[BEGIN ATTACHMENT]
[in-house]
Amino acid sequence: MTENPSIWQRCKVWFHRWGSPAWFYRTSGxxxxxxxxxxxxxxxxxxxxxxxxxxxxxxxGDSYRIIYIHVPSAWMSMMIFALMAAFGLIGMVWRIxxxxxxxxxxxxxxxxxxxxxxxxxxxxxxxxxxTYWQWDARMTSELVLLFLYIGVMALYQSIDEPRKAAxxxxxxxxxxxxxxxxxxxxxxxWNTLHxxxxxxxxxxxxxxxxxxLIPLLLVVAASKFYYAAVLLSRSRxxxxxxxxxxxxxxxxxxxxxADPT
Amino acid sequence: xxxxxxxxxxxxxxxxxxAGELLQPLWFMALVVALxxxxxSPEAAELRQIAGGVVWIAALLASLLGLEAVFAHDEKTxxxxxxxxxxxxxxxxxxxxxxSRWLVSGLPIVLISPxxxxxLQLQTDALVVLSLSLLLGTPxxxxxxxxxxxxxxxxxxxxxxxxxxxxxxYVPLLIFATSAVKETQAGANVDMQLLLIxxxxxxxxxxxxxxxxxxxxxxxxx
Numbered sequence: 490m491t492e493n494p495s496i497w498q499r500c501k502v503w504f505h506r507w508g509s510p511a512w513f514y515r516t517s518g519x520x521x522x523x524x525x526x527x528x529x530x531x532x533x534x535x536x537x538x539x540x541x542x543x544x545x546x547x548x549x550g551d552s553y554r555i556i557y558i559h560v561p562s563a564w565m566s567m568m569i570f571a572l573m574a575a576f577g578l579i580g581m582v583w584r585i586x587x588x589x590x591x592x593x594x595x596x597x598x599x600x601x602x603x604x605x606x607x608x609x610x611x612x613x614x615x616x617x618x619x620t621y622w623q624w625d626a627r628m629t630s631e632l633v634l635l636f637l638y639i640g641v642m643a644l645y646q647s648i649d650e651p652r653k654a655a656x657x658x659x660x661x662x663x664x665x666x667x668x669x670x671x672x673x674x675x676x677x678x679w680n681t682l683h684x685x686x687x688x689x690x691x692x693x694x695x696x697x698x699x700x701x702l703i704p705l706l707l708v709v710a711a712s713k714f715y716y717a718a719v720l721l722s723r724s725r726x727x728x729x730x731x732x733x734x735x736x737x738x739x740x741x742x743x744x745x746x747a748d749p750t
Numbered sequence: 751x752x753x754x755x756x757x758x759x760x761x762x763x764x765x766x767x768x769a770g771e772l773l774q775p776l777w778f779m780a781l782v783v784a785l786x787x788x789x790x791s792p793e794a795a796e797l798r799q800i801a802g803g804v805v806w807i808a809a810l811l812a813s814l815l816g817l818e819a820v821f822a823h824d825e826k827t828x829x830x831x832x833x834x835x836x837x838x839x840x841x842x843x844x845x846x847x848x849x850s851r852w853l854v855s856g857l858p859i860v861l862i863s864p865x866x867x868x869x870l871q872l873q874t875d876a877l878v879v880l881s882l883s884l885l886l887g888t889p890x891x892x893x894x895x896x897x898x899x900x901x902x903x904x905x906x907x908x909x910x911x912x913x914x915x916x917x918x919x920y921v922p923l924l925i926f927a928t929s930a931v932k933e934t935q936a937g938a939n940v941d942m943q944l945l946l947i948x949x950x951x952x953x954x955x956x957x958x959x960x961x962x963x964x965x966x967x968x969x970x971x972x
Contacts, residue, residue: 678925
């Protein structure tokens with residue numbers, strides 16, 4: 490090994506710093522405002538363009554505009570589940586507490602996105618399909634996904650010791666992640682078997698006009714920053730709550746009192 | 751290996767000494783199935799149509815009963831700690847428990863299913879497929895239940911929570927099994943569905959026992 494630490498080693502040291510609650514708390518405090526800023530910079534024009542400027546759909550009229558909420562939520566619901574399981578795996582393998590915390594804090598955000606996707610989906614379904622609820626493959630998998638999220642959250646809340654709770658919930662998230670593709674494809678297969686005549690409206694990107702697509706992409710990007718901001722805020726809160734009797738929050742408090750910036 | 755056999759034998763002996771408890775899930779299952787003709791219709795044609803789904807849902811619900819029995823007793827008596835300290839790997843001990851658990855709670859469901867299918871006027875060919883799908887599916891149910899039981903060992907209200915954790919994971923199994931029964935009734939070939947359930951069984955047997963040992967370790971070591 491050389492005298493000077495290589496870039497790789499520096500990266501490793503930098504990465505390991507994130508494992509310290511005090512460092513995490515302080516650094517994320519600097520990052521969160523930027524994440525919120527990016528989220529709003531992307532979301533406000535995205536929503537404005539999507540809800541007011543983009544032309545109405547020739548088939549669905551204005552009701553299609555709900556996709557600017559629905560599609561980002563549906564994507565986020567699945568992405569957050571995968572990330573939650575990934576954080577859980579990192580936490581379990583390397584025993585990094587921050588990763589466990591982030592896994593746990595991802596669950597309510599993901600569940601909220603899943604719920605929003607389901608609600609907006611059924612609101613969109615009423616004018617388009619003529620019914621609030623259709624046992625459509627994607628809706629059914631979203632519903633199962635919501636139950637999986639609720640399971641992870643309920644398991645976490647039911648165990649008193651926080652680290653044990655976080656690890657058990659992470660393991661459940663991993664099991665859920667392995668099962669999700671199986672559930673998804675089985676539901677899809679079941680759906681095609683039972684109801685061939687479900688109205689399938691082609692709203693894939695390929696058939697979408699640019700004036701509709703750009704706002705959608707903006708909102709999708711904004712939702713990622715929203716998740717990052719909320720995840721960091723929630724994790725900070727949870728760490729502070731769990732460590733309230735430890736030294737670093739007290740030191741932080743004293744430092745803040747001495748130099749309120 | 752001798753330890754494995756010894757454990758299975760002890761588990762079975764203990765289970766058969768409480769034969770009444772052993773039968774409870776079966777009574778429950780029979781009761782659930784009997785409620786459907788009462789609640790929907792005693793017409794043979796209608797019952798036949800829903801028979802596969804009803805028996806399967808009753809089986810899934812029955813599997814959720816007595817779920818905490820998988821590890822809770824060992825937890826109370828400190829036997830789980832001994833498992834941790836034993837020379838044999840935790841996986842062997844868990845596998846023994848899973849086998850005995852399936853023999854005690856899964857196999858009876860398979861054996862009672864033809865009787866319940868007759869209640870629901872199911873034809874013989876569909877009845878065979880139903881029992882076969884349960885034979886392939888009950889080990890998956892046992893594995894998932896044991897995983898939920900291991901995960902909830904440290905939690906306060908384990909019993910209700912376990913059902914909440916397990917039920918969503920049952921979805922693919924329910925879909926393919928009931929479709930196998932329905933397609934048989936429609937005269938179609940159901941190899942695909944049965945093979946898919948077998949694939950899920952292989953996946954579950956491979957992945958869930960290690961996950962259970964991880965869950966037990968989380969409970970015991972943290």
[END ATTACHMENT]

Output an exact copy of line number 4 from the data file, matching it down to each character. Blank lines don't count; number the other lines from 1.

Numbered sequence: 490m491t492e493n494p495s496i497w498q499r500c501k502v503w504f505h506r507w508g509s510p511a512w513f514y515r516t517s518g519x520x521x522x523x524x525x526x527x528x529x530x531x532x533x534x535x536x537x538x539x540x541x542x543x544x545x546x547x548x549x550g551d552s553y554r555i556i557y558i559h560v561p562s563a564w565m566s567m568m569i570f571a572l573m574a575a576f577g578l579i580g581m582v583w584r585i586x587x588x589x590x591x592x593x594x595x596x597x598x599x600x601x602x603x604x605x606x607x608x609x610x611x612x613x614x615x616x617x618x619x620t621y622w623q624w625d626a627r628m629t630s631e632l633v634l635l636f637l638y639i640g641v642m643a644l645y646q647s648i649d650e651p652r653k654a655a656x657x658x659x660x661x662x663x664x665x666x667x668x669x670x671x672x673x674x675x676x677x678x679w680n681t682l683h684x685x686x687x688x689x690x691x692x693x694x695x696x697x698x699x700x701x702l703i704p705l706l707l708v709v710a711a712s713k714f715y716y717a718a719v720l721l722s723r724s725r726x727x728x729x730x731x732x733x734x735x736x737x738x739x740x741x742x743x744x745x746x747a748d749p750t